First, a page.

Posts By: Michael Yakutis

The Joys of Risk

What separates a good story from a great one? In many ways, less than what separates a great story from a terrible one. The greatest stories I’ve ever read, watched, or played in any mediums were the ones that took risks, that took their characters to new and dangerous places from where they couldn’t easily return.  These were the stories that made me excited to follow the characters, because I couldn’t guess what would happen next, but the intensity of what the heroes endured made me eager to tune in. Even when I didn’t think the direction the story was going in was a good idea, or when I found faults with the writing, I was still interested because the story was so unique and compelling. And I learned this from Chris Claremont, the man who made the X-Men great.


Drawing Pains

Do you ever draw to the point where your hand feels like it wants to completely fall off? Till your wrist is nearly broken, or your knuckles are about to bleed? I think pretty much everyone who draws daily is destined for this kind privileged pain. For me, I get this strange shooting pain that starts at the tip of my thumb and goes halfway up my arm. It’s like a jolt of lightning.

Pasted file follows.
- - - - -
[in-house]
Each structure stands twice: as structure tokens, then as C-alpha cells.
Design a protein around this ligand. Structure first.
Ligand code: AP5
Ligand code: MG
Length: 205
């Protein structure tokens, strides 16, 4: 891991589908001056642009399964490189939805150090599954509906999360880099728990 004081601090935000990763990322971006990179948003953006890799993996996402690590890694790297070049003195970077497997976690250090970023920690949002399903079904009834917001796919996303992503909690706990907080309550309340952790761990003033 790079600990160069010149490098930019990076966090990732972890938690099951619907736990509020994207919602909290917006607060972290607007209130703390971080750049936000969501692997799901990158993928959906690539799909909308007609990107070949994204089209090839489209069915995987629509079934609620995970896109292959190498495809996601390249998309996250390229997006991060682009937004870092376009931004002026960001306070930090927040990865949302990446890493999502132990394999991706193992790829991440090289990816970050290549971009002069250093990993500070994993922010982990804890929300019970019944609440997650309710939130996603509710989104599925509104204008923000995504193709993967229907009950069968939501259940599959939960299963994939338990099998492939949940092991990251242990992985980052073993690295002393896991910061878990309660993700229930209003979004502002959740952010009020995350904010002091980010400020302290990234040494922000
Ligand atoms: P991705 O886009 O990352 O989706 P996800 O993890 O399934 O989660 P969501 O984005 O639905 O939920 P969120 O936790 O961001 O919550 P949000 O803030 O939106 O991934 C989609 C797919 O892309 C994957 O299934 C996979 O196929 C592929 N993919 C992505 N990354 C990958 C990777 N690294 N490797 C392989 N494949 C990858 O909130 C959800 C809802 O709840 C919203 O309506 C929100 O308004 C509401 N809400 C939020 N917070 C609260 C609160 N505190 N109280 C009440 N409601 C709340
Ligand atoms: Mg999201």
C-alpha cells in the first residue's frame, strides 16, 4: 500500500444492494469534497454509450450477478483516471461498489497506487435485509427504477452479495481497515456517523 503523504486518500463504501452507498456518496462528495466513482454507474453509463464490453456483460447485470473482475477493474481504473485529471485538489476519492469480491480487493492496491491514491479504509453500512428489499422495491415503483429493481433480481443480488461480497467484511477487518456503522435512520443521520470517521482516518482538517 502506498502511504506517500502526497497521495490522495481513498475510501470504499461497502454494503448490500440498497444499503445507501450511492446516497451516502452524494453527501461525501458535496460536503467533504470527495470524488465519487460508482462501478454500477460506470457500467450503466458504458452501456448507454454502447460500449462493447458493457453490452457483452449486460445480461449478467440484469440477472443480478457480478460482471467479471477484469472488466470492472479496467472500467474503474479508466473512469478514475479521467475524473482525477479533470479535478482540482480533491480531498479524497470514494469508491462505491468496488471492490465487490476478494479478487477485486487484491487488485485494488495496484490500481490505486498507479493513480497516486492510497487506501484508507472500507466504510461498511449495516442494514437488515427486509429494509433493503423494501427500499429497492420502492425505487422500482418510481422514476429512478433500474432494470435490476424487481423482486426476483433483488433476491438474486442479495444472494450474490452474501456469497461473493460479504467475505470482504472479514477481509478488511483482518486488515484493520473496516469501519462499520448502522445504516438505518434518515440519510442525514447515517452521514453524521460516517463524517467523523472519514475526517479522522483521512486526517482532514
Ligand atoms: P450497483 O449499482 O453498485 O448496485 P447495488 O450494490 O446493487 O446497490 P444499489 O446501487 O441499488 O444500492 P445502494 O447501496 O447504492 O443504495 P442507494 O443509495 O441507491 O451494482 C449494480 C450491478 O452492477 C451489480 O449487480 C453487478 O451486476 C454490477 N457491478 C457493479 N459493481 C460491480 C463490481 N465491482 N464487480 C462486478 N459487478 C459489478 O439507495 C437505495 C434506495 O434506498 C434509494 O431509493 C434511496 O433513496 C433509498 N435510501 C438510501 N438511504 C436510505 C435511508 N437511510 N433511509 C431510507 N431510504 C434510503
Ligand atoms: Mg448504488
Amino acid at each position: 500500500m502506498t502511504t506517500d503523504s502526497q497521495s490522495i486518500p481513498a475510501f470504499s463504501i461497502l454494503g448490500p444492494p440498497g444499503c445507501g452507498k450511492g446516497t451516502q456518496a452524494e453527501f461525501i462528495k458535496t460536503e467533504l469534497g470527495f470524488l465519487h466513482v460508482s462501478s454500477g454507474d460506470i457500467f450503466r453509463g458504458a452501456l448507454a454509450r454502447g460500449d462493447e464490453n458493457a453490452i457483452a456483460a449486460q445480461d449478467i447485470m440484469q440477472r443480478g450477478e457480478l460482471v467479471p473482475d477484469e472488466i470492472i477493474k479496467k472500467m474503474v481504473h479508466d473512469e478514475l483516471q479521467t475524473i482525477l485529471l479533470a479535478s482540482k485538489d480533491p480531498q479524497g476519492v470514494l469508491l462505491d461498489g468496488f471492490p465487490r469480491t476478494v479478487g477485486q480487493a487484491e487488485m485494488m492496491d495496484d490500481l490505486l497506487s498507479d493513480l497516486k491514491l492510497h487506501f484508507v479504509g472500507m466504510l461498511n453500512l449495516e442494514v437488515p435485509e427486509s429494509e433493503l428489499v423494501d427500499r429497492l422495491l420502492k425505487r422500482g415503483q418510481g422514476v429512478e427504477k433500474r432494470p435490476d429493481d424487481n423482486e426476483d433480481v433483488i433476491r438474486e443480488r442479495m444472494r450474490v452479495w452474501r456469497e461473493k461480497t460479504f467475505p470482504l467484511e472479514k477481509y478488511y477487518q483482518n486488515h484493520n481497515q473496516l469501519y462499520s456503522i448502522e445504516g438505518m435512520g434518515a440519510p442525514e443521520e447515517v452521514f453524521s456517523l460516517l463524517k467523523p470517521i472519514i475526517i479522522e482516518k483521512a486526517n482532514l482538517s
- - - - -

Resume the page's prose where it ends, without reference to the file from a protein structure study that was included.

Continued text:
Lousy nerves.

Even though I’m right handed, I draw more like a lefty. I use four fingers to hold my drawing/inking tool and I sometimes bend my wrist funny. Parents and teachers used to criticize me for this, but they didn’t really make any efforts to encourage me to hold my pencil the correct way. To make things worse, I grip my pencil way too tight. This is what leads to the shooting pain. As soon as that pain starts to set it, I know it’s time to quit drawing for the day or else things will only get worse. When I force myself to continue, I find myself spending more time erasing the countless mistakes I make than anything else. It’s pretty frustrating when the pain sets in when I’m on a deadline or when I’m really immersed in my work.